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“Prayer is the best weapon we have; it is the key to God's heart. You must speak to Jesus not only with your lips, but with your heart. In fact on certain occasions you should only speak to Him with your heart." Viva Cristo Rey! Long Live Christ the King! ... See MoreSee Less

“Prayer is the best weapon we have; it is the key to Gods heart. You must speak to Jesus not only with your lips, but with your heart. In fact on certain occasions you should only speak to Him with your heart. Viva Cristo Rey! Long Live Christ the King!

Reflection by Fr. Richard Hinkley:

While it is no longer an essential component of Funeral Masses, the medieval sequence the Dies Irae still remains the most recognizable and most influential sequence of the Church’s liturgical patrimony. The sequence is a type of hymn that originated from adding words to the melismas (many notes on the same syllable) that frequently ended the Alleluia before the Gospel. During the Middle Ages, the sequence was quite popular and many hundreds were composed for the different feasts on the liturgical calendar. Following the Council of Trent, the number of sequences was reduced in an effort to eliminate “recent” additions to the liturgy. This left the Roman Rite with the following sequences: Victimae Paschali Laudes (Easter), Veni, Sancte Spiritu (Pentecost), Lauda Sion (Corpus Christi), and Dies Irae (Masses for the Dead). In the 18th century the Stabat Mater was brought back for the Seven Sorrows of Mary (Our Lady of Sorrows) and following the Vatican II Council, the Dies Irae was removed from the funeral liturgy.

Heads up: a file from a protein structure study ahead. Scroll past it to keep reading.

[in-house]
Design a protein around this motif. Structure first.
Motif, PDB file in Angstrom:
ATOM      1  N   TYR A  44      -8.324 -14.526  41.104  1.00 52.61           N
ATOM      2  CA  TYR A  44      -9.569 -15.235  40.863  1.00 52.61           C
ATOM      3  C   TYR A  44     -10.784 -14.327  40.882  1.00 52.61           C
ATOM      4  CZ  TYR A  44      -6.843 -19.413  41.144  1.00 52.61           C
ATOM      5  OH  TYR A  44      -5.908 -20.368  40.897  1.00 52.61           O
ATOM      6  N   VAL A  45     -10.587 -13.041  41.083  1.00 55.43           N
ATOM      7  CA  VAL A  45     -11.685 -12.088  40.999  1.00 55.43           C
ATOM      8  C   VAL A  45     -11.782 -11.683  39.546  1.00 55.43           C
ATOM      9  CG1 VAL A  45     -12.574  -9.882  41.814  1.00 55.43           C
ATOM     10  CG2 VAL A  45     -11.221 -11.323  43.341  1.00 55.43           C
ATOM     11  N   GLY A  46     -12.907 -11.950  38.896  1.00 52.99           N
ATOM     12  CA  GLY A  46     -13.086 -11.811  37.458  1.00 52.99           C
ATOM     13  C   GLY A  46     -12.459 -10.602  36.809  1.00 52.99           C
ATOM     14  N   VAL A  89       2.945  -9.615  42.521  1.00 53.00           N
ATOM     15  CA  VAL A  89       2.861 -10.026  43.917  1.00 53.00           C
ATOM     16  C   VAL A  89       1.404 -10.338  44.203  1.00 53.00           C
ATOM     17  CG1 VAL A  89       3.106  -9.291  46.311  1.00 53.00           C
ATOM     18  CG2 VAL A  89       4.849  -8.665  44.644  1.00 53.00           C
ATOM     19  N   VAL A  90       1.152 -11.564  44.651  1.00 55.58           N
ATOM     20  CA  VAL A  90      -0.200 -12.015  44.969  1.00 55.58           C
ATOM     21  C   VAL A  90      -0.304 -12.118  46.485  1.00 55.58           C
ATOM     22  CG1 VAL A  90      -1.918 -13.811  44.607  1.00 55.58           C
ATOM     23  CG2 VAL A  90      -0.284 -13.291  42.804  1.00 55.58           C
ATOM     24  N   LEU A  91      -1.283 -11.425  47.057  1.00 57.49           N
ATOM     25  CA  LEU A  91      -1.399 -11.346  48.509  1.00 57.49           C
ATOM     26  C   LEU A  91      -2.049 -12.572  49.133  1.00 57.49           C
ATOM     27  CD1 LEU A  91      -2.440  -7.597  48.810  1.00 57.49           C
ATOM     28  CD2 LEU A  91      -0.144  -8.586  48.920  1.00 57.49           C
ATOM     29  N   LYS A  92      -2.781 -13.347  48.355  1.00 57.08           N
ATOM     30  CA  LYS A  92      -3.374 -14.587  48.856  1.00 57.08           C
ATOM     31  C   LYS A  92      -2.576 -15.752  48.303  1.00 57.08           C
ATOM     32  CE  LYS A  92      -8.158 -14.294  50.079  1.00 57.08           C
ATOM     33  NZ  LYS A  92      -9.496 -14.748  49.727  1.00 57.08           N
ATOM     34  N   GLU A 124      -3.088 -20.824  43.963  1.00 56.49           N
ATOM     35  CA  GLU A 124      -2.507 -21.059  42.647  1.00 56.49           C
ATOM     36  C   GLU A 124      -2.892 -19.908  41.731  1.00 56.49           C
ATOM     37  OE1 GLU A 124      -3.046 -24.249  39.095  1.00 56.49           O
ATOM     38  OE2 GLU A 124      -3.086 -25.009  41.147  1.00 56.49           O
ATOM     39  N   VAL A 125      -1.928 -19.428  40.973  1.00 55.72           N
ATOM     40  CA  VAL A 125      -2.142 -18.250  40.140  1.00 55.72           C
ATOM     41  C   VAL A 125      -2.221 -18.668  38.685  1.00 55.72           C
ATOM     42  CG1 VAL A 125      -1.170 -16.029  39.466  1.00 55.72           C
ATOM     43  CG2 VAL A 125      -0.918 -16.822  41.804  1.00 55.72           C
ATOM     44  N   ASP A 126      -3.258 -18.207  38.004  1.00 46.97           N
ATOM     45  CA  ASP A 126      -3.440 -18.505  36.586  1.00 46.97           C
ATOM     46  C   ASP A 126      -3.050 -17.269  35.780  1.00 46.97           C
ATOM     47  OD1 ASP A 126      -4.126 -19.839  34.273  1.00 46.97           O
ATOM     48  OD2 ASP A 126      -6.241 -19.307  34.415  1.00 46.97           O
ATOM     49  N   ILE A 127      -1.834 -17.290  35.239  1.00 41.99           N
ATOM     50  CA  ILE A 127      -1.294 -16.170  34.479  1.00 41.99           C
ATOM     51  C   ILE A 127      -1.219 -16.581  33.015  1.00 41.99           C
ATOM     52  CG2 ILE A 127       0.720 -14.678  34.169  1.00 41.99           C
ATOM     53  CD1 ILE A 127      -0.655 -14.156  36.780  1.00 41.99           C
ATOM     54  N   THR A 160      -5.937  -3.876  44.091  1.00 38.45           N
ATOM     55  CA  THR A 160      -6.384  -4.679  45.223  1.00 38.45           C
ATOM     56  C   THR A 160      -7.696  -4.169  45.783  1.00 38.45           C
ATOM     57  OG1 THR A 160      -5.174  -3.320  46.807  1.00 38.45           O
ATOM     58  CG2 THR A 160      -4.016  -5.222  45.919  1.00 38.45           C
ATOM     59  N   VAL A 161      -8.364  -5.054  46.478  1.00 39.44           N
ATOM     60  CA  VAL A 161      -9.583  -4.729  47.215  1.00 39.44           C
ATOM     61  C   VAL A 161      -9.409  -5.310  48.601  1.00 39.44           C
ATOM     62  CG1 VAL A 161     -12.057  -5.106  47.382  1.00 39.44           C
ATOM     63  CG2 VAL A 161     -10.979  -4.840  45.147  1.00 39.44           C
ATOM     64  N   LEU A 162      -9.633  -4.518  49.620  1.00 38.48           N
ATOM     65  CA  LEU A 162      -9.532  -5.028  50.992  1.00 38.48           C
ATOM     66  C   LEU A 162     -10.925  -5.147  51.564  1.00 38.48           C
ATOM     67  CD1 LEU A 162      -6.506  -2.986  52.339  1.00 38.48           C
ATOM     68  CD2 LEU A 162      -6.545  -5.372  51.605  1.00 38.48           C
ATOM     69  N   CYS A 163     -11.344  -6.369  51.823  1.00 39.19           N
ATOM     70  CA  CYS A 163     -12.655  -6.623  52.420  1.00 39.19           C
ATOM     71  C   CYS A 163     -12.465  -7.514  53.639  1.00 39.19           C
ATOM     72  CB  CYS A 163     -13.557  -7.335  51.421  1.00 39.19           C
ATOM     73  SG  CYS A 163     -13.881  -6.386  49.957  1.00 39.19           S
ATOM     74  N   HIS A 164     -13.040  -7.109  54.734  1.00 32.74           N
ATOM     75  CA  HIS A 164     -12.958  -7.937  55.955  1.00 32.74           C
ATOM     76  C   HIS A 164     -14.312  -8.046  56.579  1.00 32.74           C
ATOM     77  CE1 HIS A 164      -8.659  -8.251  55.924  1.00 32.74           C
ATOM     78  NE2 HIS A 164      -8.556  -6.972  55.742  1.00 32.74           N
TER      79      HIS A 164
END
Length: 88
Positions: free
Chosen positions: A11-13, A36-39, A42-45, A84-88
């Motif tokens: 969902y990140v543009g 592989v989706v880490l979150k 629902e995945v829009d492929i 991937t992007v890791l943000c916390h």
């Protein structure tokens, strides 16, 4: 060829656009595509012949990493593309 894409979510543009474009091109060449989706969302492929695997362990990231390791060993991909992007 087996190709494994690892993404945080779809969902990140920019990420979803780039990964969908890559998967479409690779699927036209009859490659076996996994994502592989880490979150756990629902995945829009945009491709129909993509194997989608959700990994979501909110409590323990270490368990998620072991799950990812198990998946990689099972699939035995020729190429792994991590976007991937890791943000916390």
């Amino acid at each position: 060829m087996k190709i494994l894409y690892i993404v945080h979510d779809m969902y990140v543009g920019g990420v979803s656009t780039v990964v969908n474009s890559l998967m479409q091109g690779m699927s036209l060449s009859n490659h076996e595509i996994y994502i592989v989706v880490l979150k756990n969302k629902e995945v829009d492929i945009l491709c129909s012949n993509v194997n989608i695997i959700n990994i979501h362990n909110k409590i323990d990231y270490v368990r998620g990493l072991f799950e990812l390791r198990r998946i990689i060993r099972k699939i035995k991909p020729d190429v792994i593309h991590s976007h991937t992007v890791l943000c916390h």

This removal from the funeral liturgy did not mean, however, that it was removed entirely from the Church’s liturgy. It is now an option as a hymn for the Office of Readings, Morning Prayer, and Evening Prayer for the 34th Week of Ordinary Time, that is, this week following the Solemnity of the Christ the King of the Universe. The reason for its removal is related to where it ended up being moved. The text of the Dies Irae is a meditation on the Second Coming of Christ, the General Resurrection, The Last Judgment, and the eternal reward or punishment of all peoples. Because of the emphasis which the hymn lays on judgment and the possibility of eternal loss, it was deemed as perhaps too distracting or discouraging for funerals, where hope in Christ’s conquest of Death and the pledge of Eternal Life are the central focus. Nonetheless, these “Last Things” are an especially appropriate object of consideration here at the end of the liturgical year, as well as the beginning of Advent 2021. I would encourage anyone to take the time and read through at least once this liturgical poem, as well as listen to the various ways certain composers have set the text to music. Perhaps the most famous Requiem setting of the Dies Irae, is of course, the one by Mozart. For a celebration like today’s, the movement Rex tremendae is particularly on point. The chorus repeats the word rex (king) before moving along a score that seeks to musically paint a scene that is both awe-some as it is comforting: the king of tremendous majesty coming to save his people. He is coming, Christ the King. Long live the King!